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    There's also the possibility that your coworkers may be staying later rather than earlier to better match the hours of everyone else. It does show more dedication if you're changing your routine in order to make everyone else more productive.
    – Kai
    Commented Aug 21, 2015 at 14:58
  • The last paragraph is the most important IMO. People often aren't as rational as we'd like to think and the lasting impression even for those who are aware of your earlier hours will be the image of you leaving an hour before them day after day.
    – Trebor
    Commented Feb 6, 2017 at 18:04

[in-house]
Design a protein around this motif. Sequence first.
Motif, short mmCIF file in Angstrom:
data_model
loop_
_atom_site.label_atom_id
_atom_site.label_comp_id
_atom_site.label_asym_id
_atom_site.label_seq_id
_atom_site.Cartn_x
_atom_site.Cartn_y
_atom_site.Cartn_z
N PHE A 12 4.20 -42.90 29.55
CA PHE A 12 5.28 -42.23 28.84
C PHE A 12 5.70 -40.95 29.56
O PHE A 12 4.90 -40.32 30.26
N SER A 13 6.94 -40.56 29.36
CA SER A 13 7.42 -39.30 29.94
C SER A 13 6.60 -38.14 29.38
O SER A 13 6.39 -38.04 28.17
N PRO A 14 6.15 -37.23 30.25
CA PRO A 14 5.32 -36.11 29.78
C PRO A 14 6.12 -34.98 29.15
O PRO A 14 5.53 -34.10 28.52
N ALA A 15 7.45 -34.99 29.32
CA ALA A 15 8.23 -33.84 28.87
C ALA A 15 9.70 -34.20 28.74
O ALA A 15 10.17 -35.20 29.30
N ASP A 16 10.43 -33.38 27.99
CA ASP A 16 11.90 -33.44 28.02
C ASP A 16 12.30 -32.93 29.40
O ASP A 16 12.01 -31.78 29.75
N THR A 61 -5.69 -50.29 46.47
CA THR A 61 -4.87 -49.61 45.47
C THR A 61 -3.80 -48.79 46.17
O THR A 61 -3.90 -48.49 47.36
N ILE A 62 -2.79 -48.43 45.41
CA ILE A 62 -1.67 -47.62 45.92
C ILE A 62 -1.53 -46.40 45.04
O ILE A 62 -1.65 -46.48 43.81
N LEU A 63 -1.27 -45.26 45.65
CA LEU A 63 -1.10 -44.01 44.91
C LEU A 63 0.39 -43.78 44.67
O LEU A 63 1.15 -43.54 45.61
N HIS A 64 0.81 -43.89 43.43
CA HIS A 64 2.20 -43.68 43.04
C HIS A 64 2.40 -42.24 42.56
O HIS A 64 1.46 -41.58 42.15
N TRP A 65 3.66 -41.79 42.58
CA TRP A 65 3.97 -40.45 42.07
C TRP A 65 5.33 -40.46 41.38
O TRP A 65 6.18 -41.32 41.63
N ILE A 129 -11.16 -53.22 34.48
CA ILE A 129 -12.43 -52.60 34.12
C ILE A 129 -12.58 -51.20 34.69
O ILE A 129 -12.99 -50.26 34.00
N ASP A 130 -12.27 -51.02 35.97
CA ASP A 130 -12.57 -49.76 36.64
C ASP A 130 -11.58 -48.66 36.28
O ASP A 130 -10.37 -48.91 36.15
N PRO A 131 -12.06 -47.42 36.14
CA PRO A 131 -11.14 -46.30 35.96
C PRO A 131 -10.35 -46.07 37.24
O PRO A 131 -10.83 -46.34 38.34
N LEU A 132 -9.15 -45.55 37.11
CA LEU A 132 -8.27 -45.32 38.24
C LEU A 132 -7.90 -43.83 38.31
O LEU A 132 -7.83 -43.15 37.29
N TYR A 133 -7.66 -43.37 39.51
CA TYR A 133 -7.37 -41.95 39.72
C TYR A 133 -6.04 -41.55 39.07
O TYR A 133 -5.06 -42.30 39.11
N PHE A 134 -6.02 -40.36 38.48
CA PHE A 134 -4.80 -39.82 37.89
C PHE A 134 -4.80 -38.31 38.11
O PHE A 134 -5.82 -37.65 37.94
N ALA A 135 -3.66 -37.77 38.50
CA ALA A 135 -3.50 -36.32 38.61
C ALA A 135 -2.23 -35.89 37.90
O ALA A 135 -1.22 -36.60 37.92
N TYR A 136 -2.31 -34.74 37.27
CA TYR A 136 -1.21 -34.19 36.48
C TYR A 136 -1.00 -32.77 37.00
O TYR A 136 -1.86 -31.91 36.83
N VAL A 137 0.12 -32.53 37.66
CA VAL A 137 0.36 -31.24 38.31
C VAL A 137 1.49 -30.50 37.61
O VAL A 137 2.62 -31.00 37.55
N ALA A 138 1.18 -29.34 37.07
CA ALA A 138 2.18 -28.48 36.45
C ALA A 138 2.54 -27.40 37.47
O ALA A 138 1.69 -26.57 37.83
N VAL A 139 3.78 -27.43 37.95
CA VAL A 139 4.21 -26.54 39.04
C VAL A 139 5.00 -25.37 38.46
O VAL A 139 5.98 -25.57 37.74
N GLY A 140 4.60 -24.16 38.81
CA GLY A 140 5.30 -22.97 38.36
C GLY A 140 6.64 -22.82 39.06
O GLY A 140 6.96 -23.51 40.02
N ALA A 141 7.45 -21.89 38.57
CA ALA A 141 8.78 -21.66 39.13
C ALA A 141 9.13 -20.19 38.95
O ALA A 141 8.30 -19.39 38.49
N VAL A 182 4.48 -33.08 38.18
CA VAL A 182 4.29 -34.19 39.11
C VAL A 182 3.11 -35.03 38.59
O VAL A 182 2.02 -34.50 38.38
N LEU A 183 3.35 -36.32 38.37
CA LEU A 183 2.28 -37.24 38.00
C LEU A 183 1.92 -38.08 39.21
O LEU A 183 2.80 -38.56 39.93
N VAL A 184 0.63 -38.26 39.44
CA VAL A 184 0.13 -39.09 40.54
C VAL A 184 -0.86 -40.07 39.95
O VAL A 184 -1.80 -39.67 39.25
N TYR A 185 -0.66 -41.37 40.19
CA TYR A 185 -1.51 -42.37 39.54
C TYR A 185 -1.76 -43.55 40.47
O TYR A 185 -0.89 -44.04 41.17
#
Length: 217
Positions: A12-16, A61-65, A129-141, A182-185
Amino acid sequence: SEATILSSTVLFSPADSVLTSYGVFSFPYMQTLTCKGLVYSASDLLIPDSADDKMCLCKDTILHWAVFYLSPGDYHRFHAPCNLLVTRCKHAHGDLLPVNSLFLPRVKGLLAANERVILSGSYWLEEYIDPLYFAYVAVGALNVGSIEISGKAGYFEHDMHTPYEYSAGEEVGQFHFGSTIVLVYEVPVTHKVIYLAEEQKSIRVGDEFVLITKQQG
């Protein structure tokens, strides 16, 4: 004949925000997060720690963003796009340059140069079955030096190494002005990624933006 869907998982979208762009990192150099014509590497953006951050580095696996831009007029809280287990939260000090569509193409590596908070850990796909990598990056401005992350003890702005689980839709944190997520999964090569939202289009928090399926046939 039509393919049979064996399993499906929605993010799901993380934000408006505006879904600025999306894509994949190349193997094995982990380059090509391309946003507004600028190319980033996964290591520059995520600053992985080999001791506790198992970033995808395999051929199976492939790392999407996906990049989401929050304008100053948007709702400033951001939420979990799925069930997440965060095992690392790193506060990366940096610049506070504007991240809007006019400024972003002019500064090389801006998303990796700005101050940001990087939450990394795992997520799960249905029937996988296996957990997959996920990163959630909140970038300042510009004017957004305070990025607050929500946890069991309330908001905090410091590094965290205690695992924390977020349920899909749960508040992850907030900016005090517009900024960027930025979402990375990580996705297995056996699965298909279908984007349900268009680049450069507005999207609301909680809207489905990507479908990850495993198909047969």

I don't "show a sense of urgency" like the rest of the team because I am laid-back and typically leave right at 5.

If "laid-back" was a term actually used by your boss in this context, he is basically telling you that leaving "right at 5" isn't sending off the kind of signals he wants from his leaders.

Is he right that coming in early is not the same as staying late?

It's not really a matter of right or wrong here. Instead, it's a matter of opinion and perception.

Coming in early is often not noticed by others - particularly if you have a team of folks who tend to arrive late (after your arrival). Staying late may be easier for folks to see - thus sending them the signals that your boss might consider proper.

Your boss is the one who can promote you, so you need to convince him that you are doing the job he needs you to do. It almost never works to try to argue a perception based on the results of polling a community like The Workplace. Instead, you'll have to find a way to understand why he feels the way he does, and let that guide your actions.